Music scam aimed at iPhone users, a possible Canadian photo security solution and a reminder that routers aren’t safe forever
Welcome to Cyber Security Today. It’s Wednesday Oct. 24th. To hear the podcast click on the arrow below:
A new scam targeted at iPhone users has been spotted. The con tries to steal Apple login details by sending a fake Spotify iTunes email. If you click on the link, the message says you bought a year of Spotify Premium for $150.99 – which is a lie. It also links to a fake Apple page to asking you to log in and “review your subscription.” One way you know this is fake is the alleged automatic payment it says you signed up for. Of course, the con knows you’d worry about that and want to log in to erase the purchase.
There are lots of email scams like this. When getting an alleged payment you know you haven’t made by a bank or a company, contact them over the phone or by an or alternative email address and ask to confirm if the email is legitimate.
Also remember to turn on two-factor authentication for as many apps as you can. That way, even if a hacker gets hold of your login, they can’t access the app because they need the second confirmation.
Face recognition software is one of those two-factor authentication technologies. But it can also be used for things you don’t want from the photos you upload to your social media sites, like target advertising or create a phony identity. University of Toronto graduate Joey Bose has created a company called FaceShield to market a noise filter that can be added before uploading to a photo which he says can defeat some types of facial recognition while leaving the image still viewable. The first three filters can be tried for free at FaceShield.ai. Other filters designed for specific social media sites will be available by the middle of next year, but there will be an as yet to be determined fee.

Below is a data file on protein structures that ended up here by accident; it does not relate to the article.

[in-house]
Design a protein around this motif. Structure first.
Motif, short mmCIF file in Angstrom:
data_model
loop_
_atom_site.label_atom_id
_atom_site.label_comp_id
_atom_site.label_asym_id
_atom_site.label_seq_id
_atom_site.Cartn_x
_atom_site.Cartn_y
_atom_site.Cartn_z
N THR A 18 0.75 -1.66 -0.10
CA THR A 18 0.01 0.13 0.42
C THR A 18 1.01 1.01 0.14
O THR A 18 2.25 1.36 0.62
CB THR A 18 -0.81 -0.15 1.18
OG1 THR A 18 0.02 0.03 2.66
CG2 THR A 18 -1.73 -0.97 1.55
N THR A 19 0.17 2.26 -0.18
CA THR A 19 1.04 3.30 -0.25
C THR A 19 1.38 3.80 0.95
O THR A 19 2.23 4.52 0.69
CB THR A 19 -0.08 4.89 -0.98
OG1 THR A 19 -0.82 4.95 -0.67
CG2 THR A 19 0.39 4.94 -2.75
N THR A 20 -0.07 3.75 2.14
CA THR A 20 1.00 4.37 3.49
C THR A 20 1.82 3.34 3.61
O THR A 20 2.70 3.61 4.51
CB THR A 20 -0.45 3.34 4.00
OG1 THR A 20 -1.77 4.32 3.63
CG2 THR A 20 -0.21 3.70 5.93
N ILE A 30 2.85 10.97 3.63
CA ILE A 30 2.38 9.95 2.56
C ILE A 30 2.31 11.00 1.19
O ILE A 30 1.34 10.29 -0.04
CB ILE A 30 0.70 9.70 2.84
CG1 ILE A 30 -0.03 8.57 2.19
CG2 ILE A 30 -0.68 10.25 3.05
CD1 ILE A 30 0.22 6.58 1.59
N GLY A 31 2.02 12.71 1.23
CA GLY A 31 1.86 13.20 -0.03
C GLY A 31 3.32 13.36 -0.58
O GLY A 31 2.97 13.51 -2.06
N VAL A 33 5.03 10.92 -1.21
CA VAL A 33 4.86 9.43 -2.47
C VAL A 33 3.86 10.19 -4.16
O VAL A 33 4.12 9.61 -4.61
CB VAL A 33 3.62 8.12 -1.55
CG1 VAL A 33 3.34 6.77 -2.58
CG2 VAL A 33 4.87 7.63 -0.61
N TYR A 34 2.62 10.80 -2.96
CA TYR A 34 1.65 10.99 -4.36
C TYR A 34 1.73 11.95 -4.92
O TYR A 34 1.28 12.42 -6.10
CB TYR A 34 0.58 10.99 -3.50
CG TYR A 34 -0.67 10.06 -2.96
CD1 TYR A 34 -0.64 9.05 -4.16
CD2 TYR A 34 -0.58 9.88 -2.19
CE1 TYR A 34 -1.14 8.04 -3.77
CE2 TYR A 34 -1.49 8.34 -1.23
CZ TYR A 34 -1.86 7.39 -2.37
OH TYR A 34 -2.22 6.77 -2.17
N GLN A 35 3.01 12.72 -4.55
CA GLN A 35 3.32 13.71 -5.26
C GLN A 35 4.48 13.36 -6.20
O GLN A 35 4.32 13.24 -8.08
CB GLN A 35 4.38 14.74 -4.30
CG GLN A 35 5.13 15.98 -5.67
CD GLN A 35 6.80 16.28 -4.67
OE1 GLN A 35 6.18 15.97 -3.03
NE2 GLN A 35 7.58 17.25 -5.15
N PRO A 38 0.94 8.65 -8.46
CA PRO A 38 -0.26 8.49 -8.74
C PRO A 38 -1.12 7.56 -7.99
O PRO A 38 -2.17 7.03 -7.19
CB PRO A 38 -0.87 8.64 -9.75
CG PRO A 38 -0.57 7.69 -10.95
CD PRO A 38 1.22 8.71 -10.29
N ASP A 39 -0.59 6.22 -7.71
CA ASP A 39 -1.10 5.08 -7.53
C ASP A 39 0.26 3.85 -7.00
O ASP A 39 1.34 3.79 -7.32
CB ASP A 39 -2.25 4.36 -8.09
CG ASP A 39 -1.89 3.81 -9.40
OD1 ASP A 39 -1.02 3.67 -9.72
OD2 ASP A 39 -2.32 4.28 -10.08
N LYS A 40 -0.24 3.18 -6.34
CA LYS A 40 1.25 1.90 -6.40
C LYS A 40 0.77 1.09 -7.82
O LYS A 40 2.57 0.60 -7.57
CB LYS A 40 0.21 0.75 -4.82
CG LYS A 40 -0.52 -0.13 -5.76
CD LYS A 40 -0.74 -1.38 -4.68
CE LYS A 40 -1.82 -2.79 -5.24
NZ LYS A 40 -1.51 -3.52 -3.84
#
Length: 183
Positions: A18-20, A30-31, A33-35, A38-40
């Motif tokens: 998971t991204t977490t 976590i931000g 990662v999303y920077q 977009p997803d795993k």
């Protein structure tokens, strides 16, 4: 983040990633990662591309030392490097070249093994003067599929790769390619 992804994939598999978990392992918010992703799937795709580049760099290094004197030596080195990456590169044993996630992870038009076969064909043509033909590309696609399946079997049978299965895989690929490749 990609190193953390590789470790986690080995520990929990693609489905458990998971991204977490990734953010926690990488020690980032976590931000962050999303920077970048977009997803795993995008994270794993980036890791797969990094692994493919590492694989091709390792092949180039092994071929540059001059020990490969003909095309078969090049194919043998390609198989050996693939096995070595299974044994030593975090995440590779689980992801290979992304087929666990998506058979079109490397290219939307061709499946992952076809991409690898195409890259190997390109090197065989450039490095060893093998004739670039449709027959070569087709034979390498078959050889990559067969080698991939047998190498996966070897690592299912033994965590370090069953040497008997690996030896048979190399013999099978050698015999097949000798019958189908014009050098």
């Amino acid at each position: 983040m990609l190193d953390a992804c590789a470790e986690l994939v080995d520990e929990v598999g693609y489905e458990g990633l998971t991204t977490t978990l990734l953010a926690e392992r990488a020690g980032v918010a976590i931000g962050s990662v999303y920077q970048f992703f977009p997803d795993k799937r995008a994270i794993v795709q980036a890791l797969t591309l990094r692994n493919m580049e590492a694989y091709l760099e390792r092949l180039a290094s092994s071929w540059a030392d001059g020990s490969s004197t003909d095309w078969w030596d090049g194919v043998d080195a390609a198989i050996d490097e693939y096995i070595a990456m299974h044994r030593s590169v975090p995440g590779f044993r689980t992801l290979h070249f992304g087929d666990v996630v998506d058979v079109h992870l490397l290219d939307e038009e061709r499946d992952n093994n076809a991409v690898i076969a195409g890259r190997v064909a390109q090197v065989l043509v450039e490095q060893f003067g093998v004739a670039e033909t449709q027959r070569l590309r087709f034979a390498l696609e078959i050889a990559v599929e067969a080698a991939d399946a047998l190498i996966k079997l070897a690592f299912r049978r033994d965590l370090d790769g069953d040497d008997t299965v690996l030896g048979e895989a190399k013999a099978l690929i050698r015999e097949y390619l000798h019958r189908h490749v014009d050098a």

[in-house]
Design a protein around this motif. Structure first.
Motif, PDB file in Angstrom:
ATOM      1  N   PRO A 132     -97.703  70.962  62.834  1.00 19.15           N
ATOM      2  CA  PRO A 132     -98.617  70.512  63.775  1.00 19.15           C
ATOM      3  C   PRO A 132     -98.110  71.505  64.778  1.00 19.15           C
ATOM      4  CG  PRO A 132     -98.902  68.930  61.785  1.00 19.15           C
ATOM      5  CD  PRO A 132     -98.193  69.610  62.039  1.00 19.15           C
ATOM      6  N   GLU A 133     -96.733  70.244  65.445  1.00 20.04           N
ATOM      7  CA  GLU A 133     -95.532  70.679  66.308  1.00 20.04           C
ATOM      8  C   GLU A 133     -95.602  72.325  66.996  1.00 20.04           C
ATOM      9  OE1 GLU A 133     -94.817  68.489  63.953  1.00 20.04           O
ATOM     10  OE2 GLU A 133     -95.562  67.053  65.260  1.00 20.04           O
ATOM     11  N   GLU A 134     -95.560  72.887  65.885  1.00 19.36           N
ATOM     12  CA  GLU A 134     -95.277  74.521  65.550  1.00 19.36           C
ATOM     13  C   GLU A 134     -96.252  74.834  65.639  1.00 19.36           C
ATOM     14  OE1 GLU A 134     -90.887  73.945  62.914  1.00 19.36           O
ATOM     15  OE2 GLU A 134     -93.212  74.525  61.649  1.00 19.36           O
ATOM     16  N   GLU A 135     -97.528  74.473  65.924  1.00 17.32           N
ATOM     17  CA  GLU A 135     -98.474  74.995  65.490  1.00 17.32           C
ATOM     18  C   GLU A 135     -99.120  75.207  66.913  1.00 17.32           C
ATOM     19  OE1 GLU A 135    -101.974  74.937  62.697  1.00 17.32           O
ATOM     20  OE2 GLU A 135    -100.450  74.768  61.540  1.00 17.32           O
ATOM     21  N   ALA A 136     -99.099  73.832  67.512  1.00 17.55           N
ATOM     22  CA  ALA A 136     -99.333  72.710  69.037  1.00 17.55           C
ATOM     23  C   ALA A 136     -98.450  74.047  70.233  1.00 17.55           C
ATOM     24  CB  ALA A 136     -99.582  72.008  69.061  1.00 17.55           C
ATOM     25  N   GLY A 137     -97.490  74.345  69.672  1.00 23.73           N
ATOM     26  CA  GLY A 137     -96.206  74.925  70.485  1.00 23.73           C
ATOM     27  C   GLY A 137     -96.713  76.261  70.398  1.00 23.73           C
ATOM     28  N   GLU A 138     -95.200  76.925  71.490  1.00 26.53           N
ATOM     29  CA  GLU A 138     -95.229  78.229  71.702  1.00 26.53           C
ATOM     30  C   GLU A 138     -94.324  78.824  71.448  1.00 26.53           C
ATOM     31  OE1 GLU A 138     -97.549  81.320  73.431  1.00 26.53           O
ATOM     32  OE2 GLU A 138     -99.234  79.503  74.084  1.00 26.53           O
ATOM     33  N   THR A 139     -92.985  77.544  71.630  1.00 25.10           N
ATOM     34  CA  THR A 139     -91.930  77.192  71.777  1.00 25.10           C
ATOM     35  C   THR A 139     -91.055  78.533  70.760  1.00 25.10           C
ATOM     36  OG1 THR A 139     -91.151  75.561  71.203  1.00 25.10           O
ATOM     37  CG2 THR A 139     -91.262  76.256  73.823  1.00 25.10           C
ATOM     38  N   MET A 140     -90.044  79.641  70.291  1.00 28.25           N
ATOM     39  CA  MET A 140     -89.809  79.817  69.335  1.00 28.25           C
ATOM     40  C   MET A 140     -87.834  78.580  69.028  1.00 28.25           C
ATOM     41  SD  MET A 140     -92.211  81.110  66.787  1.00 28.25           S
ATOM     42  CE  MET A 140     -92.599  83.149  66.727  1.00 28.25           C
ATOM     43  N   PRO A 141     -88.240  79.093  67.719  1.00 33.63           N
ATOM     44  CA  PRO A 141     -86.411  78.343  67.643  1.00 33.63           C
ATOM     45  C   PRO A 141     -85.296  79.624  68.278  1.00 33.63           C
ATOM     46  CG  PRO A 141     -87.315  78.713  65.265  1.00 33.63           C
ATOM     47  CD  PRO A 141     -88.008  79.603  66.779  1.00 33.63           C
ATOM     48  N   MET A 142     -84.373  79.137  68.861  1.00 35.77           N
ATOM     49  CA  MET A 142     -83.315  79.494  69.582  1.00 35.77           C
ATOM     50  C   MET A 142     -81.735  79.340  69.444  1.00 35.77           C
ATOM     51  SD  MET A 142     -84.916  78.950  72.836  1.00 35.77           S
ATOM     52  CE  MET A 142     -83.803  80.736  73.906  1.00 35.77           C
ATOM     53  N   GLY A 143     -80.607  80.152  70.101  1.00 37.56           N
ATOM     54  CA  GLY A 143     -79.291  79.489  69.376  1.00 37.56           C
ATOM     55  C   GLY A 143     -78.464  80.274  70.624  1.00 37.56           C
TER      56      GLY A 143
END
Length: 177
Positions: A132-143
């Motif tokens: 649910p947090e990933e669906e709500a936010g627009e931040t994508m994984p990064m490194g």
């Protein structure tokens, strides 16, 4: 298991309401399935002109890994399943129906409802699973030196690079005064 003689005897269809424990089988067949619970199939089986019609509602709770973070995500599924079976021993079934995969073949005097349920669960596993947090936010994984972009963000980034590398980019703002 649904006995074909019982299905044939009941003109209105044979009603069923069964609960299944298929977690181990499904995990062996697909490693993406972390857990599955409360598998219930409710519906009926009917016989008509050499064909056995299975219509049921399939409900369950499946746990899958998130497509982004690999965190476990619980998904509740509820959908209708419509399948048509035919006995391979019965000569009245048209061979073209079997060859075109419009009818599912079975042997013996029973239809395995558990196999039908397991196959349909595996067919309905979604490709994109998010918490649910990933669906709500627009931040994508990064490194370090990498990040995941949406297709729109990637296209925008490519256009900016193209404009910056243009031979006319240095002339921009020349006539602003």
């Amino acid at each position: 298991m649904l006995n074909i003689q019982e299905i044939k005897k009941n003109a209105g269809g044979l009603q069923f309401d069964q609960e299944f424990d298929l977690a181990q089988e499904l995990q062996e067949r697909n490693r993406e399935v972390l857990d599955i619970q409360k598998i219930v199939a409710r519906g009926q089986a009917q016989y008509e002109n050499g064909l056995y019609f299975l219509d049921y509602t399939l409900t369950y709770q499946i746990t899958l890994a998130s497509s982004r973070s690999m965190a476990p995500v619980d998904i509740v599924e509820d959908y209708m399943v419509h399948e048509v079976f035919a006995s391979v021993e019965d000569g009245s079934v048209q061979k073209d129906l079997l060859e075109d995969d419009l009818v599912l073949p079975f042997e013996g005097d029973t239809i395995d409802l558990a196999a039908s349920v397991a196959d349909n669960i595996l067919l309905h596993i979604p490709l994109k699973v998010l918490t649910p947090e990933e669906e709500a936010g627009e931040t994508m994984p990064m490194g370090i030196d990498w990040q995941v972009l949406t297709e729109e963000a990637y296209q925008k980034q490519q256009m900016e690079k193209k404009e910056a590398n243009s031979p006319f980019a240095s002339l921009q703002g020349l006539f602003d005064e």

People interested in cryptocurrencies like Dogecoin and Etherium are still falling for scams. The latest warning comes from antivirus vendor Dr. Web, who notices a scammer uses a number of techniques to sucker people into downloading malware, including setting up online lotteries with digital coins as the prize, or promising a prize just for viewing a web page with ads. Instead, you get software that steals data from your computer, or steals any cryptocurrency you have in your digital wallet. This scammer has even set up sophisticated web pages that look like a legitimate digital currency exchange. Dr. Web estimated 10,000 people have fallen for these scams. Remember, there’s lots of phony balony around digital currencies. Be alert.
Finally, a warning about old computer equipment. You know already that old versions of Windows don’t get security updates. Neither do old versions of software. Unfortunately, the same is true for old modems and Wi-Fi routers. This is topical now because of reports that six models of D-Link routers have vulnerabilities that haven’t been patched, and won’t be because the manufacturer considers them end of life. Some of these devices are more than four years old. So here’s my advice: Got a modem or router that’s four years old? Go to the manufacturer’s web site and check if it’s still supported. If not, it’s time to buy a new device.
That’s it for Cyber Security Today. Subscribe on Apple Podcasts, Google Podcasts or add us to your Alexa Flash Briefing. Thanks for listening. I’m Howard Solomon